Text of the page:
How does the fire regime change after creating a protected area in the Brazilian Cerrado?

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2023-02-01

Autores

de Carvalho, Izadora S.
Alvarado, Swanni T.
Sanna Freire Silva, Thiago
Leandro de Oliveira Cordeiro, Carlos
Fidelis, Alessandra [UNESP]
Valéria Carvalho Saraiva, Raysa
A.M.M.A. Figueiredo, Fábio
Roberto P. de Sousa, José
Massi Ferraz, Tiago

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Fire is a natural factor maintaining biodiversity and several ecological processes. The Brazilian Cerrado, considered the savanna with the highest biodiversity, is characterized by climatic seasonality, vegetation mosaics and topographic variations that together with fire determine its different plant physiognomies. The Chapada das Mesas National Park (CMNP), located in the south of the state of Maranhão (Brazil), has different savanna plant physiognomies with high ecological potential and archaeological and water wealth. The aim of the present study was to reconstruct the fire history over 28 years for the park and its surroundings (20 km buffer area), endeavouring to understand the impact of the creation of this National Park on its fire regime. Landsat satellite images were used from the TM, ETM + and OLI sensors to map the fire scars, which were identified and vectorized manually. The database created was used to analyze the total annual burned area, burned area percentage, density ignition, mean burn scar area and fire frequency during the mapped period. In total, 86 % of the CMNP was burn at least once between 1990 and 2017, while 72 % of the buffer area was burn. The creation of the park had significant effects on the density ignition when the periods before (1990–2005) and after (2006–2017) its creation were compared, and showed no significant effects on total annual area burned and average burn scar area. Despite the amount of burned area over time did not change significantly between the years before and after, the main change was observed in the fire seasonality after the creation of the park. In the park, 38 % of the area had a frequency of burn areas higher than ten times in the 28-year interval while 13 % of the buffer area was burn more than 10 times. In contrast, 23 % and 15 % had a fire frequency of 2 to 4 times on the buffer and the park respectively. Although the park was created to mitigate the human impacts of fire, the geographic isolation, the current occupation of the park by local populations and the pressure from agricultural expansion in the surroundings are influencing these conservation measures. Understanding the spatial–temporal distribution of fire in protected areas of the Cerrado contributes to improving management, preservation and conservation actions, so that in future studies other factors can be included to better understand the dynamic of fire occurrence in the region of the CMNP and in other protected areas of the Cerrado.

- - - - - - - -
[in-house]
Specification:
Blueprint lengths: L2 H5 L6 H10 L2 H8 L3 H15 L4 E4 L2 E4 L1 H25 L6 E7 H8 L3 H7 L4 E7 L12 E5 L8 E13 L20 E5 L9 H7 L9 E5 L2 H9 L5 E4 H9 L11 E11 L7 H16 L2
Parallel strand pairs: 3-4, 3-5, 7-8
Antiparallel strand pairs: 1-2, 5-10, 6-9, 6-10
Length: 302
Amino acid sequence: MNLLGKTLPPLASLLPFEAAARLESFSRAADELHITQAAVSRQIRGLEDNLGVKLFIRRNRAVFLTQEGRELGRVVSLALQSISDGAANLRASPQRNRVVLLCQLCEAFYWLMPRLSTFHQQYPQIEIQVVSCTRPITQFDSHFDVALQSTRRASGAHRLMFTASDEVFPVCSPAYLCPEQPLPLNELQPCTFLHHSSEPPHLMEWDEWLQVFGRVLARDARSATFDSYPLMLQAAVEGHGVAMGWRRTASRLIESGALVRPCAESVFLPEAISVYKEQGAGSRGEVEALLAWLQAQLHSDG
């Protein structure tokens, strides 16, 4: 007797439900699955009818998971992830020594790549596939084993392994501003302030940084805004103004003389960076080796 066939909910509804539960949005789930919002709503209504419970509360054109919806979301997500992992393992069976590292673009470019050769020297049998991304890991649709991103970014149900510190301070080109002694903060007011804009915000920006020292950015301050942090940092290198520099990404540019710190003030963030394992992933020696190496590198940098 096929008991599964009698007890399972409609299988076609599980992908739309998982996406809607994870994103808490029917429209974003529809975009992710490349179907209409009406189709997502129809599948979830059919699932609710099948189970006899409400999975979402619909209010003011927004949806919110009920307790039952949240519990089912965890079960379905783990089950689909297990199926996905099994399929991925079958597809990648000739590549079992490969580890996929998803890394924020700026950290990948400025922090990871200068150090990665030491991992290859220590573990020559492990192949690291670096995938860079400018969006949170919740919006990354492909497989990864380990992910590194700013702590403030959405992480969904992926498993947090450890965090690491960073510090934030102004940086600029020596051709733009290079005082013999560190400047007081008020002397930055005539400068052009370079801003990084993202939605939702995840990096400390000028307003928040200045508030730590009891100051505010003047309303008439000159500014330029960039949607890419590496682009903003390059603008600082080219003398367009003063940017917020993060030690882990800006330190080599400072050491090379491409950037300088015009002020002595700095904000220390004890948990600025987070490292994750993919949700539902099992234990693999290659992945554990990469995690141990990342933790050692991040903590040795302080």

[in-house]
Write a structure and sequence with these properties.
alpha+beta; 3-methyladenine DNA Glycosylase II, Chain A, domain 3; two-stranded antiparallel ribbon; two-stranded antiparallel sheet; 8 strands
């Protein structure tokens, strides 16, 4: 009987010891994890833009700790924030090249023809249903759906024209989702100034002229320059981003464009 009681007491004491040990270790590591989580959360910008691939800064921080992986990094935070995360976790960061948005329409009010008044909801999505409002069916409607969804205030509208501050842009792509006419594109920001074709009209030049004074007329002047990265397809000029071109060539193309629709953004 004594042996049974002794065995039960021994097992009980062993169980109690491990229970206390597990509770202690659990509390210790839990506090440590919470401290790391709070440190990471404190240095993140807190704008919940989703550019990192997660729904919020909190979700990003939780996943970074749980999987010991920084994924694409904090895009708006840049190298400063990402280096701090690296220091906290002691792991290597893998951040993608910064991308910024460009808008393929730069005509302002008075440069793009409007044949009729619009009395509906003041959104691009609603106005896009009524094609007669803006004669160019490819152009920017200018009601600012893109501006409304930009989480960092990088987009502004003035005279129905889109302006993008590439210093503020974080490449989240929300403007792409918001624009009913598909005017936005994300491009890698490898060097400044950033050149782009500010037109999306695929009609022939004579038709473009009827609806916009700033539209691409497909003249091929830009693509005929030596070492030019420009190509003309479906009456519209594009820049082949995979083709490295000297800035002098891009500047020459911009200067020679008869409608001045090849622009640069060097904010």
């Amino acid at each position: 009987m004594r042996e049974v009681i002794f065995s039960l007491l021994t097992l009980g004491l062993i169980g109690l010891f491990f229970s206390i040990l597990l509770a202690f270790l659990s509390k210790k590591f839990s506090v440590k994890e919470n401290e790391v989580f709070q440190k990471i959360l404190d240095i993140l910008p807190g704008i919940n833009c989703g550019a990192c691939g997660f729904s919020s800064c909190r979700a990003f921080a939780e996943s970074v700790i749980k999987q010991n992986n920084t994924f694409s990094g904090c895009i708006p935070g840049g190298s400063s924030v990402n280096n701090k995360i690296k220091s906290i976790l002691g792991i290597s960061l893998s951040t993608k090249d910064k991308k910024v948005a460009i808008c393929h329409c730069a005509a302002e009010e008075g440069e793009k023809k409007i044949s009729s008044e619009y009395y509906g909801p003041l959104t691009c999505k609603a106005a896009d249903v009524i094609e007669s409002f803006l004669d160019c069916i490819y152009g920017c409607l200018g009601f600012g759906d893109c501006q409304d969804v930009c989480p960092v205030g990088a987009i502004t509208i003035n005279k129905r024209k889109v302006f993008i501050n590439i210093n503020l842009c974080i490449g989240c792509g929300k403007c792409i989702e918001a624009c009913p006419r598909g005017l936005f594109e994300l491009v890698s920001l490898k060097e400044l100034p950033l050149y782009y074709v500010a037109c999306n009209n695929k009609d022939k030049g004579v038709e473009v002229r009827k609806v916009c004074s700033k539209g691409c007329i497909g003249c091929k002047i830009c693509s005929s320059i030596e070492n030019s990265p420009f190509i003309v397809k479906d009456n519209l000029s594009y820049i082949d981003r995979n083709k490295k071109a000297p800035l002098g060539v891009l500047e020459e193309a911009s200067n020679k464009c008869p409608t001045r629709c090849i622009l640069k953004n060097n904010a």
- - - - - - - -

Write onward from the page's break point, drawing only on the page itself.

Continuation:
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Burned area, Fire frequency, Fire season, Land use change, Protected areas management

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Journal for Nature Conservation, v. 71.

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